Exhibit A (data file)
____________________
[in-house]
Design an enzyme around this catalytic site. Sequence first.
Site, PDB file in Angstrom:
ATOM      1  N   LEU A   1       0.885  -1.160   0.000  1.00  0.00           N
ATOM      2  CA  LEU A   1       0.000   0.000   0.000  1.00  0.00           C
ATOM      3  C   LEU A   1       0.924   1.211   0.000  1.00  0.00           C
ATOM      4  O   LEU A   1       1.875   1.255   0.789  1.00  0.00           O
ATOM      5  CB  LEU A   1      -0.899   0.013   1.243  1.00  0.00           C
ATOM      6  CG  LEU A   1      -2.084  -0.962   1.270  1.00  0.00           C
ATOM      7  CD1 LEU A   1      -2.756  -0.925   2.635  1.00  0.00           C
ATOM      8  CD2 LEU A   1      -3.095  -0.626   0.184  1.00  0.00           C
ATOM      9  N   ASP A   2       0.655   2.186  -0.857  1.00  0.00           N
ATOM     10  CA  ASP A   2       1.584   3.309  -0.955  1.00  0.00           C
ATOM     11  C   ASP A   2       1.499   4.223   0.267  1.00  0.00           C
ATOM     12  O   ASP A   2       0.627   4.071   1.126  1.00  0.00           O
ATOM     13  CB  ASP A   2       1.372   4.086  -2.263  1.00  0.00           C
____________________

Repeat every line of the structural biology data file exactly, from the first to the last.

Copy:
[in-house]
Design an enzyme around this catalytic site. Sequence first.
Site, PDB file in Angstrom:
ATOM      1  N   LEU A   1       0.885  -1.160   0.000  1.00  0.00           N
ATOM      2  CA  LEU A   1       0.000   0.000   0.000  1.00  0.00           C
ATOM      3  C   LEU A   1       0.924   1.211   0.000  1.00  0.00           C
ATOM      4  O   LEU A   1       1.875   1.255   0.789  1.00  0.00           O
ATOM      5  CB  LEU A   1      -0.899   0.013   1.243  1.00  0.00           C
ATOM      6  CG  LEU A   1      -2.084  -0.962   1.270  1.00  0.00           C
ATOM      7  CD1 LEU A   1      -2.756  -0.925   2.635  1.00  0.00           C
ATOM      8  CD2 LEU A   1      -3.095  -0.626   0.184  1.00  0.00           C
ATOM      9  N   ASP A   2       0.655   2.186  -0.857  1.00  0.00           N
ATOM     10  CA  ASP A   2       1.584   3.309  -0.955  1.00  0.00           C
ATOM     11  C   ASP A   2       1.499   4.223   0.267  1.00  0.00           C
ATOM     12  O   ASP A   2       0.627   4.071   1.126  1.00  0.00           O
ATOM     13  CB  ASP A   2       1.372   4.086  -2.263  1.00  0.00           C